Finally. I won’t say things are going to be back to “normal,” but it’s definitely a significant milestone. And after the intensity we saw at Wrigley Field this past week and weekend, I’m gonna say it will be a net very good thing.
Chicago is removing pandemic-related business restrictions on June 11, joining the State of Illinois on that date, and that means Wrigley Field can return to 100% capacity for that weekend series against the Cardinals:
In a statement to the Tribune, the Cubs seemed to confirm they are moving forward with 100% plans for next weekend:
(W)ith the Cubs set to host their National League Central rivals the St. Louis Cardinals for a three-game set at Wrigley Field starting June 11, Cubs spokesman Julian Green said the North Siders were looking forward to big weekend crowds.
“The ability to welcome 100% of our fans against one of our biggest rivals as we sit atop the NL Central is huge for the team, and represents a huge economic impact to the city as we continue to put people back to work,” Green said. He thanked Lightfoot for working with the team to navigate the pandemic.
It’s been clear as fans have returned to Wrigley Field that there is a lot of pent-up energy for being there and experiencing the Cubs in person (I, myself, wasn’t entirely sure how much I would feel it until I was there – it was kinda overwhelming, to be honest).
From David Ross to Anthony Rizzo to pretty much anyone in the neighborhood, the commentary has all been about how 60% capacity for the Reds and Padres series sure felt a lot more like 100%. So what happens when it’s ACTUALLY 100% for the first time in a year and a half, and it comes for a summer weekend series against the Cardinals, to boot, when the teams are vying for first place?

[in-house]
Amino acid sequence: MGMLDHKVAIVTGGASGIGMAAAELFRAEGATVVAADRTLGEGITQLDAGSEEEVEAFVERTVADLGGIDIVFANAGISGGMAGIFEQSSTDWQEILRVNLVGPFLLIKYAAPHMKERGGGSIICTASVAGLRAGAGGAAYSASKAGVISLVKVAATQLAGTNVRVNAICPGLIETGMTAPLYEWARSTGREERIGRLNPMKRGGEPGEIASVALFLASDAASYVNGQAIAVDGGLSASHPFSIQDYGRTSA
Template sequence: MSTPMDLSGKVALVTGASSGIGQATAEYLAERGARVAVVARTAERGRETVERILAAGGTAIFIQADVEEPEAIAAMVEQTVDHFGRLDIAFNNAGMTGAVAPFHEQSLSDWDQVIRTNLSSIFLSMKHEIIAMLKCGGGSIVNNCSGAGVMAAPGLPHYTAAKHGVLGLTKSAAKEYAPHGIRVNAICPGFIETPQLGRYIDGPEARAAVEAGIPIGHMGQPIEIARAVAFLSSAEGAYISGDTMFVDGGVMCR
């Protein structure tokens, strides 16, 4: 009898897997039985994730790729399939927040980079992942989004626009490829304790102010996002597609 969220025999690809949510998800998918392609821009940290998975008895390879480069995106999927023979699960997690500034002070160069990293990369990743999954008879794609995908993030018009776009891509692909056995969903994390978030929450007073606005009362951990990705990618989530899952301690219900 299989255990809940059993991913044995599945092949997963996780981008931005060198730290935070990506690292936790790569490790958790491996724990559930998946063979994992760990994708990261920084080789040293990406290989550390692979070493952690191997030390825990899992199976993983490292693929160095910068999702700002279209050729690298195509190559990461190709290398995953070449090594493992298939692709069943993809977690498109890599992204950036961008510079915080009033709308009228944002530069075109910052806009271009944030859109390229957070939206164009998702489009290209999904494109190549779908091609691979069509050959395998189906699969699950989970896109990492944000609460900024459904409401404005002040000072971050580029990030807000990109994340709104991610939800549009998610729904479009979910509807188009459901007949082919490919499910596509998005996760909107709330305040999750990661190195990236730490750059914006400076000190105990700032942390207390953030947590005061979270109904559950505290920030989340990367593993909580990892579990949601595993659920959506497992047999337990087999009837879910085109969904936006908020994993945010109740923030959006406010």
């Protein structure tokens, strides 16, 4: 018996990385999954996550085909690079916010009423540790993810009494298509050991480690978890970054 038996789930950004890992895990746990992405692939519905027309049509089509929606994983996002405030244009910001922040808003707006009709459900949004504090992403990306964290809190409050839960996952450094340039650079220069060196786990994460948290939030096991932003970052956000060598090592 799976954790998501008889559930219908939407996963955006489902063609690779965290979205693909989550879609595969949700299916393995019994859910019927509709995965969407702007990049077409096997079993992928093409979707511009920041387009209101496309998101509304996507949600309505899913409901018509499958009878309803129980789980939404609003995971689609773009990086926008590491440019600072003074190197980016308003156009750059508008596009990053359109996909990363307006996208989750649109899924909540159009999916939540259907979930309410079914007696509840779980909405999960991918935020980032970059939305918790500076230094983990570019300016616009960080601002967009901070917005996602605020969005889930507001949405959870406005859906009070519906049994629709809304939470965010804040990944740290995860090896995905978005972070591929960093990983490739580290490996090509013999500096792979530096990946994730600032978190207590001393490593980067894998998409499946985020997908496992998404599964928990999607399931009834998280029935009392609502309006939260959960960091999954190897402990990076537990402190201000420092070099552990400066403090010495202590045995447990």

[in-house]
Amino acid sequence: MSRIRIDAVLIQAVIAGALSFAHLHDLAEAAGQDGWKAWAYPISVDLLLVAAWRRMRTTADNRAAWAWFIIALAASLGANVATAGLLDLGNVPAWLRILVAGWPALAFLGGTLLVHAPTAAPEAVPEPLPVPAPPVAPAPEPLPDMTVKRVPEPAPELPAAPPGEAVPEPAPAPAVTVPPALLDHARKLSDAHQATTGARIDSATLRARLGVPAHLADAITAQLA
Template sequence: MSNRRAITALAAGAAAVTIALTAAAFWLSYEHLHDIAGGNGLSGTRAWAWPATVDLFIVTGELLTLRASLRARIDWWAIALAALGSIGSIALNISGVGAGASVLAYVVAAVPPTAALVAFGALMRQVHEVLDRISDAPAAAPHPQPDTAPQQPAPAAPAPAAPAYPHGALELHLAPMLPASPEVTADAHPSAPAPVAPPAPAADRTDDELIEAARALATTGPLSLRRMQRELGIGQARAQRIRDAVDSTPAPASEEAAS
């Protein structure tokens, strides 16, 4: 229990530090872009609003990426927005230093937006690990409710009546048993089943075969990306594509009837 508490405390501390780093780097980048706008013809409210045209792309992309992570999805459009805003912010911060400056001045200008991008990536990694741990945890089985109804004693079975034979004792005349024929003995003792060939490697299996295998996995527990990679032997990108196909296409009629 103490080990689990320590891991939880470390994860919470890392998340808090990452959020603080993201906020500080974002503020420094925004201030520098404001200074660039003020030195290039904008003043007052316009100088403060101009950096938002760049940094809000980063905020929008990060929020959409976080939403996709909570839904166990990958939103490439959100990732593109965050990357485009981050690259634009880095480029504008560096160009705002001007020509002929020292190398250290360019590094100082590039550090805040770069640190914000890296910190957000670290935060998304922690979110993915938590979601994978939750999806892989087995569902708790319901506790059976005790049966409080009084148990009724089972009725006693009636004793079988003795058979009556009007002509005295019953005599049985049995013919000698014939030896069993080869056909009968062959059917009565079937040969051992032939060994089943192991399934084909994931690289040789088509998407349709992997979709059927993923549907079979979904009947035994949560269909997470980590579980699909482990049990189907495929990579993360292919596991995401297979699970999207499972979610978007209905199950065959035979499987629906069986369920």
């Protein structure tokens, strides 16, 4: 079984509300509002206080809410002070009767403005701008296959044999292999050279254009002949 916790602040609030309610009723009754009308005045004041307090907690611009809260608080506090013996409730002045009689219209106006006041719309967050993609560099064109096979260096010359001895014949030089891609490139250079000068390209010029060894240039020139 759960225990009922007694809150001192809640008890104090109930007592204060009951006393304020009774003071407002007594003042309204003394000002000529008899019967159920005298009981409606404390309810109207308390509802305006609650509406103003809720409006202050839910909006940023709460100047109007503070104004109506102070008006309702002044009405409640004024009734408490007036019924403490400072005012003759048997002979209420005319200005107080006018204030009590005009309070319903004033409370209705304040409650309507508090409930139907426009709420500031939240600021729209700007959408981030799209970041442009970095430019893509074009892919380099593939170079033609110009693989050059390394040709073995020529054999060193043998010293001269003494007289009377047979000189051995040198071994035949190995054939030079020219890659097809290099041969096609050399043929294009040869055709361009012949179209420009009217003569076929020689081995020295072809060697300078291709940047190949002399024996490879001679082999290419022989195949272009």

It’s gonna be awesome. Just a guess. More tickets figure to be released by the team soon, though they presumably have to coordinate with season ticket holders – many of whom have basically been on hold since the end of 2019 – first.
The Cubs will have played 31 of their 81 home dates under capacity limitations, and most of those will have come in the very early part of the season when (1) the energy about the team’s chances weren’t quite wasn’t quite where it is now, (2) the weather wasn’t nearly as good as it is now, and (3) kids were still in school. That is to say, as a separate point from the improved fan experience of being at Wrigley in its fully raucous form, it’s also probably true that the Cubs will have not lost that much gate revenue this year when all is said and done, compared to what they would’ve projected in a normal season. That, in turn, probably augments the discussion we’ve heard from the front office about how the money will be there in the near-term for trade acquisitions and in the long-term to get back near the luxury tax level.